The assortment of knives in the set got me through most kitchen tasks with ease. Chopping and slicing tomatoes were a breeze, and so were dicing and slicing onions.
The kiritsuke in the set is a Western-style one with a double bevel. While traditional single-bevel kiritsuke knives take mastery to use, this one was quite the opposite. It had speed, form, and function—all things I like when I am prepping things for cooking. It was my favorite knife in the block. It sliced through tomatoes and grilled meat and made a quick work of chopping herbs and dicing onions.
With softer sourdough, sandwich breads, and even a baguette, the bread knife cut through cleanly and efficiently without leaving marks on the crumb or squishing the bread. With its scalloped edges and a somewhat stiff blade, this bread knife had some trouble cutting through a large crusty sourdough boule. The cut was not as smooth and because of the smaller size of the knife; I had to cut it a couple of times.
The chef's knife worked as expected: smooth-rolling motion, sharp, and the cuts were exact. To further test this knife, I chopped some tomatoes and herbs, and it made clean slices of the former and chopped chives without smashing them.
For the honing steel: A few quick runs along the length of the blade, and the knives that I had deliberately not honed (to check how long the sharpness would last) were sharp and ready to go.
The kitchen shears are sharp and come apart easily for washing. I had no trouble chopping up a bunch of green chilies and herbs in addition to breaking down poultry.
Cleaning: Hand-washing required
Dishwashing knives dull their edges, and doing so is dangerous from a safety standpoint. As with all other knives, these knives must be hand-washed and air-dried. These knives did get marks on them when water was left on them, but the stain was not permanent. Using a soft cloth to completely dry them solved the issue.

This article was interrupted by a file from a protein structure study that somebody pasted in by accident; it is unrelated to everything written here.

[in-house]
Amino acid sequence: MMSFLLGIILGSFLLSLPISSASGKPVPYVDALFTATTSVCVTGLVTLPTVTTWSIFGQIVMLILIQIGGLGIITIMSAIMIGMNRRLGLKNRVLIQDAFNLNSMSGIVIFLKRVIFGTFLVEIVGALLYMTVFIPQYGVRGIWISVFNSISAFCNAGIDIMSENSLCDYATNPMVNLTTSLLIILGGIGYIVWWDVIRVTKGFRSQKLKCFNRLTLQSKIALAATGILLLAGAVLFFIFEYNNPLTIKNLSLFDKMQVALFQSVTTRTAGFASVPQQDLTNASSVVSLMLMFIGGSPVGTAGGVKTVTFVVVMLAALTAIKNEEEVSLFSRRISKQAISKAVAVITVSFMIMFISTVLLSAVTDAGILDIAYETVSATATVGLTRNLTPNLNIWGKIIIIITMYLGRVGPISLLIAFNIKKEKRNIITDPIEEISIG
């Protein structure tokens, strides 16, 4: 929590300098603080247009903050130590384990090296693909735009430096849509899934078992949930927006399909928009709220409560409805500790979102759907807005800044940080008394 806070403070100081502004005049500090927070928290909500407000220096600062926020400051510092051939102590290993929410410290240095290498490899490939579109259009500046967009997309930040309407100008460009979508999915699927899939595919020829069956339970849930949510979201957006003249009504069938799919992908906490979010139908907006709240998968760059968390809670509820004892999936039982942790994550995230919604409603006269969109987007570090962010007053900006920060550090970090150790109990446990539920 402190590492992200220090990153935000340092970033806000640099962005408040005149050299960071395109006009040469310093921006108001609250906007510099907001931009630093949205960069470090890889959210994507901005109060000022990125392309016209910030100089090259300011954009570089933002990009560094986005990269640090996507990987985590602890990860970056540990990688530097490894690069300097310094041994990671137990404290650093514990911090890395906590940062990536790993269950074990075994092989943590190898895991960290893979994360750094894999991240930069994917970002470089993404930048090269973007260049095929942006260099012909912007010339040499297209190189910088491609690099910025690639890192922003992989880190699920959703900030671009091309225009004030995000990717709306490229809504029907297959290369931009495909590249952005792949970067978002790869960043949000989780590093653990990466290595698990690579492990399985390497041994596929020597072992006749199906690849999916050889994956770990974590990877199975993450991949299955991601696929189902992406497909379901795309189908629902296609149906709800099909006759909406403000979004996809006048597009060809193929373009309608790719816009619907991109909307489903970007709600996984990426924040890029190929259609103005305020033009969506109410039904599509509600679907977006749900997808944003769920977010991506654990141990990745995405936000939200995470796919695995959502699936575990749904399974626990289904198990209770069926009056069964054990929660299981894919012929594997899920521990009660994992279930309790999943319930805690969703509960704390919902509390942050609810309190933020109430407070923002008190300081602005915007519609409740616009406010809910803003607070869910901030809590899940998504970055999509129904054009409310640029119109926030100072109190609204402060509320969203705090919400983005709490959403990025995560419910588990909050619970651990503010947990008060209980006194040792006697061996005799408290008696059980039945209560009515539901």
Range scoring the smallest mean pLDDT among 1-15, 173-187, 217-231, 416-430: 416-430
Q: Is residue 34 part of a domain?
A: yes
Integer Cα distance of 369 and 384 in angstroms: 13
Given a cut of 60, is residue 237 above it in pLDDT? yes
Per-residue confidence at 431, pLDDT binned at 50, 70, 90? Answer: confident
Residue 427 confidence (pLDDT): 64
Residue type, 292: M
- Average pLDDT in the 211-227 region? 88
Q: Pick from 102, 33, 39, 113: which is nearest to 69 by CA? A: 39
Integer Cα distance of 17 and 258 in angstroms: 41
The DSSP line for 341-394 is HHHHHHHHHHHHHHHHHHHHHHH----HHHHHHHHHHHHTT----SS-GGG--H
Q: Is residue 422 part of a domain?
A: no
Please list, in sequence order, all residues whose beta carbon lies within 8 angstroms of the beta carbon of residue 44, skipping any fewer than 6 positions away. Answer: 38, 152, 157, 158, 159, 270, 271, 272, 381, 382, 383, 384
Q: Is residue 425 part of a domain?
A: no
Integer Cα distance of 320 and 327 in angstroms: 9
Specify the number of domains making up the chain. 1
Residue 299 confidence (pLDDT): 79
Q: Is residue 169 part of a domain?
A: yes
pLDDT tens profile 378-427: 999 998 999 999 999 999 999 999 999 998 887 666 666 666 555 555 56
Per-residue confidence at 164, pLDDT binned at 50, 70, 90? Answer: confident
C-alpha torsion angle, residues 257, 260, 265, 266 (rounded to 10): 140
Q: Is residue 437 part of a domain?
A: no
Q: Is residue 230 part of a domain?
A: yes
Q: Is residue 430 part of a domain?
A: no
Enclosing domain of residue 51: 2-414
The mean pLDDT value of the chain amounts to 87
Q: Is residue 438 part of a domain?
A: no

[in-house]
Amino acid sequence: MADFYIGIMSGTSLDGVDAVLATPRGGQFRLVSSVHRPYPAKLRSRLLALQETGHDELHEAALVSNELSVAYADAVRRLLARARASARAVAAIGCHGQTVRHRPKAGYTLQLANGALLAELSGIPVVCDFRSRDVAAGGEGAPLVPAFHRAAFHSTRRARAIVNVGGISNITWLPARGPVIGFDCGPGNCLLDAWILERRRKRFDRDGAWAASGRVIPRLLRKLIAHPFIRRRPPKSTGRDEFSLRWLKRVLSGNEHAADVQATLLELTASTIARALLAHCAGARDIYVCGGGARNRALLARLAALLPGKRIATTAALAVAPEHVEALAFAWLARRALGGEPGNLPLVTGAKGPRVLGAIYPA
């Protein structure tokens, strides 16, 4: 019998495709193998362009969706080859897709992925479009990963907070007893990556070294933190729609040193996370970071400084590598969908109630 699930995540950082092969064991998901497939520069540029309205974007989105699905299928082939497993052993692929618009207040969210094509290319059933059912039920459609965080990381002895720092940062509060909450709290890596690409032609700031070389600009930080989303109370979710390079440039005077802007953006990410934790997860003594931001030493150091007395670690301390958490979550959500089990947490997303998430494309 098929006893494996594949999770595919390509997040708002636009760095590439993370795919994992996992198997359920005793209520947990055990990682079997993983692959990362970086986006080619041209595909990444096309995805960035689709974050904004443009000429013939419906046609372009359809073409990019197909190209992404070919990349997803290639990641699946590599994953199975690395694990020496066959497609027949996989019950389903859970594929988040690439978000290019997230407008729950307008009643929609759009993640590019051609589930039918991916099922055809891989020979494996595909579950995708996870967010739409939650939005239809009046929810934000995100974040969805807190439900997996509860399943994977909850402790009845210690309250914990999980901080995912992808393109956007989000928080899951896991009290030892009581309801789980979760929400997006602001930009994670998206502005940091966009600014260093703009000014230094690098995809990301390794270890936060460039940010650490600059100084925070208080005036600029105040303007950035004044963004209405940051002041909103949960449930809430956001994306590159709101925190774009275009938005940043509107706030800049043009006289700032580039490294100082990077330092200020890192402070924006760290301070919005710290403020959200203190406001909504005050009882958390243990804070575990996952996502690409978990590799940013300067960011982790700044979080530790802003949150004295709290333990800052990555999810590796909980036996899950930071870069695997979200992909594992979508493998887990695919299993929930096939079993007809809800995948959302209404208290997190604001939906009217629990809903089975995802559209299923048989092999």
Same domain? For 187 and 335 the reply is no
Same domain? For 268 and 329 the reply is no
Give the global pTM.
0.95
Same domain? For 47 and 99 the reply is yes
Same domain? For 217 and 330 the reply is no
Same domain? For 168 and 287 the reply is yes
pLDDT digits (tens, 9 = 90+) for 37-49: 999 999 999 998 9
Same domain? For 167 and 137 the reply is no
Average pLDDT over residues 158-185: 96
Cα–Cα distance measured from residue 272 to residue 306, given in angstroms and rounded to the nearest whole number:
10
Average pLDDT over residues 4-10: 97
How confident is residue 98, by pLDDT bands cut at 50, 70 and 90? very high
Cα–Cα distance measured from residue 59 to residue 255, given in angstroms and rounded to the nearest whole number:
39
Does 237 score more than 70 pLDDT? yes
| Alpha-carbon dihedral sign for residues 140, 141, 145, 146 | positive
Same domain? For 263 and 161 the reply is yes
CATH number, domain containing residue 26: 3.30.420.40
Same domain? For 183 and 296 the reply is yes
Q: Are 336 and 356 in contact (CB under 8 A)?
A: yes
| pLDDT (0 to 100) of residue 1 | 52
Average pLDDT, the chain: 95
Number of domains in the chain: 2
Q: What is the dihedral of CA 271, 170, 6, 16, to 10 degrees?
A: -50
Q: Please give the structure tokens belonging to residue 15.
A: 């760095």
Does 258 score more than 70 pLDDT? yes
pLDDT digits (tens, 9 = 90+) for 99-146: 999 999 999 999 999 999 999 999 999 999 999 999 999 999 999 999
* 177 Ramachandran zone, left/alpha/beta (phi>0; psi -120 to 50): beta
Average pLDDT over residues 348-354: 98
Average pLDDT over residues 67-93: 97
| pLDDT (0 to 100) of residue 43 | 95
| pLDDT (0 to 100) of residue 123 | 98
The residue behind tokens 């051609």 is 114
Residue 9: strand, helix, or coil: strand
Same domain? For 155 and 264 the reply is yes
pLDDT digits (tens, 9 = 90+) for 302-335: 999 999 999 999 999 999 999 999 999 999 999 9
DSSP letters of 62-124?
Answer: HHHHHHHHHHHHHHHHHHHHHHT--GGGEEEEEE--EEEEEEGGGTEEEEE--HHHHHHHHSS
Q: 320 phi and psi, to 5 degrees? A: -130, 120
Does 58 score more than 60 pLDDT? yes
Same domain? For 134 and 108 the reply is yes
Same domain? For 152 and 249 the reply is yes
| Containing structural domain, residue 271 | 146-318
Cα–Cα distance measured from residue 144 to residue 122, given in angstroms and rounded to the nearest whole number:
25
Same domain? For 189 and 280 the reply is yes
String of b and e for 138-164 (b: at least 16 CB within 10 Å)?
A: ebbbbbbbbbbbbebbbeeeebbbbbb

Price: Expensive, but a worthy investment
Retailing at around $550, these are not the most expensive knives on the market, but they do cost a pretty penny. Given that these knives last a long time and are made with German steel and a precision-edge technology that results in quality blades, these knives are a worthy kitchen investment. The assortment of knives in the set got me through most of the kitchen tasks with ease. Chopping and slicing tomatoes were a breeze, and so were dicing and slicing onions.
Wüsthof Classic 9-Piece Block Set vs. Global 10-Piece Takashi Knife Block Set
Global 10-Piece Takashi Knife Block Set: The Wüsthof Classic 9-Piece Knife is a complete set and has all the knives you will need for routine kitchen jobs—except the boning knife, which can be added later. The Global 10-Piece Takashi Knife Block Set comes with the most used knives in the kitchen and includes a boning knife. They are, however, more expensive from the start, retailing for around $800 to $1200, whereas with Wüsthof Classic you can choose to buy the additional knives later.
A versatile and dependable knife set.
Pull up your sleeves and start chopping, slicing, and dicing. The Wüsthof 9-Piece Block Set comes with all the starter knives you will need, along with a sturdy block to store them. There are extra slots to put in steak knives and other new knives you may add to your collection. Also, it includes a kiritsuke knife!
- Product Name Classic 9-Piece Knife Set
- Product Brand Wusthof
- Price $550.00
- Material High-carbon stainless steel
- Warranty Lifetime (for defects in workmanship and material under normal use and conditions)
- What's Included 3.5-inch paring knife, 4.5-inch utility knife, 5-inch serrated utility knife, 6-inch Kiritsuke, 8-inch bread knife, 8-inch chef's knife, 9-inch honing steel, Come-apart kitchen shears, and 17-slot acacia knife block